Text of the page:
2022 Waller Lectureship Highlighting Musicals
On Monday, Oct. 17, at 7 p.m. in the Price Hall Biology Amphitheater
The annual John O. Waller Lectureship for the Arts will take place Monday, Oct. 17, with featured speaker Louise Geddes, PhD, professor of English at Adelphi University. Geddes’ presentation, “How the Musical Became Meta,” is based on her current book-length project of the same title. The talk will take place at 7 p.m. in the Biology Amphitheater of Price Hall in the Science Complex.
Geddes’ career as a dramaturg for off-Broadway’s Rattlestick Theater has been influential in her research on Shakespeare in performance, and she has published extensively about staging Shakespeare in such journals as “Shakespeare Bulletin” and “Medieval and Renaissance Drama in England.” Some of her research interests include digital media, performance theory, Shakespeare in performance, and theater and popular culture. She currently serves as general editor of “Borrowers and Lenders: The Journal of Shakespeare and Appropriation” and acts as chair of the English department at Adelphi University.
Her first book, “Appropriating Shakespeare: A Cultural History of Pyramus and Thisbe,” tracks the stage history of A Midsummer Night’s Dream’s playlet from 17th-century Germany to the contemporary stage. She has co-published two other books, “Variable Objects: Speculative Shakespeare Appropriation” and “The Shakespeare User: Cultural and Critical Appropriation in the Twenty-First Century” with Valerie Fazel, PhD, instructor of English at Arizona State University. Geddes has also published book chapters in “Geek Shakespeare,” “The Routledge Handbook of Shakespeare Global Appropriation” and “The Arden Companion to Shakespeare and Adaptation.” Her current projects include the formal aesthetics of camp on the contemporary stage and her research on “How the Musical Became Meta.”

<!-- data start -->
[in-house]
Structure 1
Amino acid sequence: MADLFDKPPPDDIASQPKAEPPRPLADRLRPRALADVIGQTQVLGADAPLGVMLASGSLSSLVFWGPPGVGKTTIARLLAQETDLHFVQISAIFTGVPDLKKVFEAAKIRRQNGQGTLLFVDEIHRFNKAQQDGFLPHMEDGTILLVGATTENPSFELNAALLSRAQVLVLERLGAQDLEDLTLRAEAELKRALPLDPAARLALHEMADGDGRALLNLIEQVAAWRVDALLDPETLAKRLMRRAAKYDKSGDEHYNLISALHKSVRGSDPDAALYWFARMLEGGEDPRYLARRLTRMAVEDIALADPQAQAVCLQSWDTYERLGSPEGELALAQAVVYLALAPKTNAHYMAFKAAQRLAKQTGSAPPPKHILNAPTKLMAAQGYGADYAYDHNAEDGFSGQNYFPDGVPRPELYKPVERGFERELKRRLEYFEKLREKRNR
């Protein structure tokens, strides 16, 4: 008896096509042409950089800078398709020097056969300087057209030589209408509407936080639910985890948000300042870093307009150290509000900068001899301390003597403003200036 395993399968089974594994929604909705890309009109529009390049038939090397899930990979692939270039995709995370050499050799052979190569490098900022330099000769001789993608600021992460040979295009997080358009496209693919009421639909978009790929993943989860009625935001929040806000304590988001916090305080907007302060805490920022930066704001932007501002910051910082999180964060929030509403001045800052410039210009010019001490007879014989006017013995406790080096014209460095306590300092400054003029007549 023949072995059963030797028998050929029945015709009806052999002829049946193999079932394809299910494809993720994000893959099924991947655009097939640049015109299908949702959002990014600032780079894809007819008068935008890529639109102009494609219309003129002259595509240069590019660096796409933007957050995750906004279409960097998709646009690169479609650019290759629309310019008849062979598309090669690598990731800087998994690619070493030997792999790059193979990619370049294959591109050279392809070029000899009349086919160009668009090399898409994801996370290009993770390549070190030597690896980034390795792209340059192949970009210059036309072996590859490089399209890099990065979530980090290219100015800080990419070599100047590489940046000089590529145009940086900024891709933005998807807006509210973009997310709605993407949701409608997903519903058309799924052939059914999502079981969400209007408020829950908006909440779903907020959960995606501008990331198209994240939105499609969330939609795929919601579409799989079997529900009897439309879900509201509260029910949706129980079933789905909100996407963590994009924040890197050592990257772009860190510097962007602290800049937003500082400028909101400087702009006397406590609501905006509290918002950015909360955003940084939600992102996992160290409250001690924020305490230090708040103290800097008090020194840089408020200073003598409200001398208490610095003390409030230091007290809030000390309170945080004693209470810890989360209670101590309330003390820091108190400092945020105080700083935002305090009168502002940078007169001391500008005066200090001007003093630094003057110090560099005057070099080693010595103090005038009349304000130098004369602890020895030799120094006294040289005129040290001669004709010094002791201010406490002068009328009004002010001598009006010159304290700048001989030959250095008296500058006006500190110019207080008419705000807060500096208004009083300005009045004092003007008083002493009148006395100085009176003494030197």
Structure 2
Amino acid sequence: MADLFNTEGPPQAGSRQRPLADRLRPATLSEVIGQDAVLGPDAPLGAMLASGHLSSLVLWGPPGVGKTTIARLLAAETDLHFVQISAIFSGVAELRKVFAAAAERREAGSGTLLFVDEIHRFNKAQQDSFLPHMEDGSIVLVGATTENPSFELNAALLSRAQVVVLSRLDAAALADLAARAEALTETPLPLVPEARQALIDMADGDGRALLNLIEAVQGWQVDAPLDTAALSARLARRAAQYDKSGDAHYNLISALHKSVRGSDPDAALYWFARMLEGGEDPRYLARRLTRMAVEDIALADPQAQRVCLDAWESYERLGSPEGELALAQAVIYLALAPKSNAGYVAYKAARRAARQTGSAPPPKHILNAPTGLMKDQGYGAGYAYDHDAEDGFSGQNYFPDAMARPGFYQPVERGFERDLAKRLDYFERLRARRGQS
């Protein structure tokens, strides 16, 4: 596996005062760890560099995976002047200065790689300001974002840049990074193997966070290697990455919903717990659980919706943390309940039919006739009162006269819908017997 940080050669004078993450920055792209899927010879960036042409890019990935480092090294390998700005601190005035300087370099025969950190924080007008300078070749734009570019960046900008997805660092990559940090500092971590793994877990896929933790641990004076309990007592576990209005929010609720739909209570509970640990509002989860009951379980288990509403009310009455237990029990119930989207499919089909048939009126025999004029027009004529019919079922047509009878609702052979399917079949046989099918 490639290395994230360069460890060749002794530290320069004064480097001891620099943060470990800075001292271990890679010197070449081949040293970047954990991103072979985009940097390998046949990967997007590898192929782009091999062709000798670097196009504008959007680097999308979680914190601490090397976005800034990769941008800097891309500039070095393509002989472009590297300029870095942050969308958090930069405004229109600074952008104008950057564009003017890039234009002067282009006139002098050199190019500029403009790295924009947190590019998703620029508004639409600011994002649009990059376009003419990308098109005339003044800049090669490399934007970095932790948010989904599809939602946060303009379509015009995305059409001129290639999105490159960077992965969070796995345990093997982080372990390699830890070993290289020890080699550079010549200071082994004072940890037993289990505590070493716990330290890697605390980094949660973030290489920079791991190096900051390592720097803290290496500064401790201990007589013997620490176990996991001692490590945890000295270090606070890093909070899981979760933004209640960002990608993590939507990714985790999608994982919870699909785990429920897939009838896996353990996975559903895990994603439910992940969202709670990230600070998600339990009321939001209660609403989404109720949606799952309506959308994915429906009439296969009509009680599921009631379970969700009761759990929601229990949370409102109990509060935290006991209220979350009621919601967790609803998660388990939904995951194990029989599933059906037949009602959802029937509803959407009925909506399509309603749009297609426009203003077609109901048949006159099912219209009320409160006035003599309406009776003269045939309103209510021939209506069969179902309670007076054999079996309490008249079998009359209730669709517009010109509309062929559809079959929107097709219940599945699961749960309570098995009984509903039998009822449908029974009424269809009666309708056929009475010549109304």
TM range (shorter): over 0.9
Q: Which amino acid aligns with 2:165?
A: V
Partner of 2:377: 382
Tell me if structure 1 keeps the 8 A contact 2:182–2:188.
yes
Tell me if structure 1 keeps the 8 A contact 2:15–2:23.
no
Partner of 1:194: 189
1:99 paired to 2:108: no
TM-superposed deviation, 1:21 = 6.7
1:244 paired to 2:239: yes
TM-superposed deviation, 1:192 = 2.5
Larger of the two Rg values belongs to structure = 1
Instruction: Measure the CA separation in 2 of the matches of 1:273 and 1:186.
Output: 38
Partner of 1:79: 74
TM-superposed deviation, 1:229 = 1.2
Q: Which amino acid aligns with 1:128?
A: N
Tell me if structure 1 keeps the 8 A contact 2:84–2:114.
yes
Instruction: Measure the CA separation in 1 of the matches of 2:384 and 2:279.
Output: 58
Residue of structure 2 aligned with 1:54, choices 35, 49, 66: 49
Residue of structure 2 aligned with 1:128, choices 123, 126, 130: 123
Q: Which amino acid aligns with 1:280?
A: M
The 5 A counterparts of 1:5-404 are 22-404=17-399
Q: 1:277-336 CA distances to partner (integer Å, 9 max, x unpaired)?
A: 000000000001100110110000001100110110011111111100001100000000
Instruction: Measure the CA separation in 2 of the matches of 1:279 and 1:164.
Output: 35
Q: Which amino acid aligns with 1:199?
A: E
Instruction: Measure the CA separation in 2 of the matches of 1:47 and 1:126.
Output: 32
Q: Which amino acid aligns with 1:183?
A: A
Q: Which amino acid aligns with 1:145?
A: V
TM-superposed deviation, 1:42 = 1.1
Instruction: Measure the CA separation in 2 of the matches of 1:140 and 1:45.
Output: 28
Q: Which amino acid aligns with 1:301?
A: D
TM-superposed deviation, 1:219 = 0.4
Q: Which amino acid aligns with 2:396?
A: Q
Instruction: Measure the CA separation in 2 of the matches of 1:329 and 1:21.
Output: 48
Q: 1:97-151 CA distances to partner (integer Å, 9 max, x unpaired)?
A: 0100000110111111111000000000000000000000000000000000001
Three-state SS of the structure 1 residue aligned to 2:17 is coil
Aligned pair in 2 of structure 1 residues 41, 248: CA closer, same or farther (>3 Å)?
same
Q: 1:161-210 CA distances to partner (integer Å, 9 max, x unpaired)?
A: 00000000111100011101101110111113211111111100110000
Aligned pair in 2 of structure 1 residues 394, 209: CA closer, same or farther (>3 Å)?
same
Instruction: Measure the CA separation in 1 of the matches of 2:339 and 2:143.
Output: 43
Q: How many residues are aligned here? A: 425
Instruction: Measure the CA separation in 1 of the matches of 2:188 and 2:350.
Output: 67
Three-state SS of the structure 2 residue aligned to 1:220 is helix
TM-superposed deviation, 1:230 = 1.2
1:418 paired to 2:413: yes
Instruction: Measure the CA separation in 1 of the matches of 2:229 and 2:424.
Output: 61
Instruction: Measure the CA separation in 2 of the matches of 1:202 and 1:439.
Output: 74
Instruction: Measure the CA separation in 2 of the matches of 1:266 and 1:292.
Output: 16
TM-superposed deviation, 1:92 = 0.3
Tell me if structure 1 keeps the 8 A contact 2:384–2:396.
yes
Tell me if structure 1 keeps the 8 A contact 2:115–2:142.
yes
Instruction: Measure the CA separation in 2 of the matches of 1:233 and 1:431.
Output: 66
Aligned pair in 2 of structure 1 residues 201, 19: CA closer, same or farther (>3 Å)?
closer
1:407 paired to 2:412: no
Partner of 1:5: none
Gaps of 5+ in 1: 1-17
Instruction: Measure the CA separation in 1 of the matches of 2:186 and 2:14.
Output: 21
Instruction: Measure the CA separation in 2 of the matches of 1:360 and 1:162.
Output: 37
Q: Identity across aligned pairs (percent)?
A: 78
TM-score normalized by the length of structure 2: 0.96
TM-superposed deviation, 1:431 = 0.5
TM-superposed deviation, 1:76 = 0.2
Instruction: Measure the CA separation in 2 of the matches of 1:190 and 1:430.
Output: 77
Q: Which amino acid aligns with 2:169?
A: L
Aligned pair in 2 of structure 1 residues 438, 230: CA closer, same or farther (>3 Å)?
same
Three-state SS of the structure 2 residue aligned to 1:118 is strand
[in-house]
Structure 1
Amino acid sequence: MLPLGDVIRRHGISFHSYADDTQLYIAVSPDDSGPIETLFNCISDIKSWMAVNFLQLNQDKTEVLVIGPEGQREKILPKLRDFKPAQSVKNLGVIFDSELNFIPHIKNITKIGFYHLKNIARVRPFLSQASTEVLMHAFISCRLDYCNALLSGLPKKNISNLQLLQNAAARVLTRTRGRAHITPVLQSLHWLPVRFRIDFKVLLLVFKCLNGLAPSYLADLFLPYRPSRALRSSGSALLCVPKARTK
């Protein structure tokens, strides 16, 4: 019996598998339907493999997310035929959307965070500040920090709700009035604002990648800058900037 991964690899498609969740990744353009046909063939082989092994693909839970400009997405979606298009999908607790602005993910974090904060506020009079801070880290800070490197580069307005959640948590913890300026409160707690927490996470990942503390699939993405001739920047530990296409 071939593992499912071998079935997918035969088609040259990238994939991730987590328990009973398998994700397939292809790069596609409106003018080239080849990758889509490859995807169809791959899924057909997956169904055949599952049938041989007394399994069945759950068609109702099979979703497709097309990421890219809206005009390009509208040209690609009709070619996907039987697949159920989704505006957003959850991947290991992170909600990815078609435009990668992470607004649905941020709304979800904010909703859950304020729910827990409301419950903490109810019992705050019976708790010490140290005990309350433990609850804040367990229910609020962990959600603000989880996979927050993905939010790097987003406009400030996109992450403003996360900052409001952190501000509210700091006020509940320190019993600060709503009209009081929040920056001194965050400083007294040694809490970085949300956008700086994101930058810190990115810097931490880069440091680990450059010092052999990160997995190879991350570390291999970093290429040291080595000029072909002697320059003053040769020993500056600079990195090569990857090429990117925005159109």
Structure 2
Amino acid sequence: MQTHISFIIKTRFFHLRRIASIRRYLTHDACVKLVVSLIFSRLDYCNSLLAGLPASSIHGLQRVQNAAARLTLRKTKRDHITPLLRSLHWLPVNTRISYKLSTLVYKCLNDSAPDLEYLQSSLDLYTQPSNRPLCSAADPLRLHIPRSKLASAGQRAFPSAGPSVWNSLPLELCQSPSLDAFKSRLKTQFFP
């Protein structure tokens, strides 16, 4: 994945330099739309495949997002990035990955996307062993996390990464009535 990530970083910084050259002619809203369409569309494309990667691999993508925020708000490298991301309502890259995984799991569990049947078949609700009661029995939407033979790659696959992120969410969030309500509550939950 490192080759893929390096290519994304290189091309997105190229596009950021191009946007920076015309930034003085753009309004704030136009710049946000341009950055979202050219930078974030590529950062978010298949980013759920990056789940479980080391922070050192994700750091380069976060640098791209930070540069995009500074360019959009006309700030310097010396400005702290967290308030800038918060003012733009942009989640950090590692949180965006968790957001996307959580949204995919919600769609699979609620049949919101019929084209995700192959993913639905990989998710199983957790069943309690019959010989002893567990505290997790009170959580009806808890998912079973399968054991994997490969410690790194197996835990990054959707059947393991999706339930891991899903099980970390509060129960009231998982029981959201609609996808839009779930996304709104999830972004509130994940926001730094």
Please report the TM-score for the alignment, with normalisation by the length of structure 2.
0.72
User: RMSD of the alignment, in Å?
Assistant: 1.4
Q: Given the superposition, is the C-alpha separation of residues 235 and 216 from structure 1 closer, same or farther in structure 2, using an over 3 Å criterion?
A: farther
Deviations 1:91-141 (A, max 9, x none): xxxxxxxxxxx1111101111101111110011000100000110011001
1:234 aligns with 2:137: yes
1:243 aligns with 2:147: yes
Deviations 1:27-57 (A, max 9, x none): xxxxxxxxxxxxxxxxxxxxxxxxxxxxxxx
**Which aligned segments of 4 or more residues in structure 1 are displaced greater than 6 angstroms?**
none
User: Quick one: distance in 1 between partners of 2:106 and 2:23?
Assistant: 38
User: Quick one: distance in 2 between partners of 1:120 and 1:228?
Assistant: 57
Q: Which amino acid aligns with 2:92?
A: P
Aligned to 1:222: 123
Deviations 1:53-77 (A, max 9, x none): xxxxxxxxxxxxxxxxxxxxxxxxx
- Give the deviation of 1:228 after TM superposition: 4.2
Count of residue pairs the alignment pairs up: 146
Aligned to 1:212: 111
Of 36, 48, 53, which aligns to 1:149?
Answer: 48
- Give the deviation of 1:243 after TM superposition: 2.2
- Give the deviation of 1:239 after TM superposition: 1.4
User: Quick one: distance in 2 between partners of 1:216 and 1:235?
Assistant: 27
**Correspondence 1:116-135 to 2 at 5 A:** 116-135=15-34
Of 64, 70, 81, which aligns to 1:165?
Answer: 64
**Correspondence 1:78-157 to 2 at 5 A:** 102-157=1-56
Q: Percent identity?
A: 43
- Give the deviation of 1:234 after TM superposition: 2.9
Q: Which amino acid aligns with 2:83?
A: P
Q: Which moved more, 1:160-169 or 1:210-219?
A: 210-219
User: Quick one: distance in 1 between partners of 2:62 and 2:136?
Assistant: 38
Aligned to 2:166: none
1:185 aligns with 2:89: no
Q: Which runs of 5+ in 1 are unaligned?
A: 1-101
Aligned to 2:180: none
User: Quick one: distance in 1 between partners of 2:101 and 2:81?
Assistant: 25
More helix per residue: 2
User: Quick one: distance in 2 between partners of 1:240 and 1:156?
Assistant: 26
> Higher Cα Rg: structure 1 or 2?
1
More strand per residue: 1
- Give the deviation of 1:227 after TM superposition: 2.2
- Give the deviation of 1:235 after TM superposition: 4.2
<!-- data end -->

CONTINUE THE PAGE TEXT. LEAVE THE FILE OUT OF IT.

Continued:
The Waller Lectureship was created in 2008 in honor of late English professor John O. Waller. Waller taught at Andrews University from 1960–1987, serving 16 of those years as chair of the Department of English. In addition to his specialization in the Victorian era, Waller was involved in important research about Seventh-day Adventist attitudes toward fiction. His book, “Circle of Friends: The Tennysons and the Washingtons of Park House,” was published by the Ohio University Press in 1986. Previous lectureship presentations have included Allyson Jule’s “Speaking in Silences: Why Saying Nothing Can Ruin a Perfectly Good Education” in 2015, “Speaking Peace in a Climate of Conflict” by Marilyn McEntyre in 2020, and Carissa Harris’ “Maternal Fury: Women’s Collective Rage at State Violence, from the Middle Ages to the Movements for Black Lives” in 2021.
This lecture is the first event in the 2022 Andrews University Research Week. On Thursday, Oct. 20, Congressman Fred Upton and professor Sung Kwon, PhD, will speak at the Celebration of Community Engagement to be held in Newbold Auditorium in Buller Hall at 6 p.m. On Friday, Oct. 21, Jay Johnson, PhD, and Petr Cincala, PhD, will give plenary presentations at the Celebration of Creative Scholarship, which will take place in Newbold Auditorium at 12:30 p.m. All 2022 Research Week events are free and open to the public.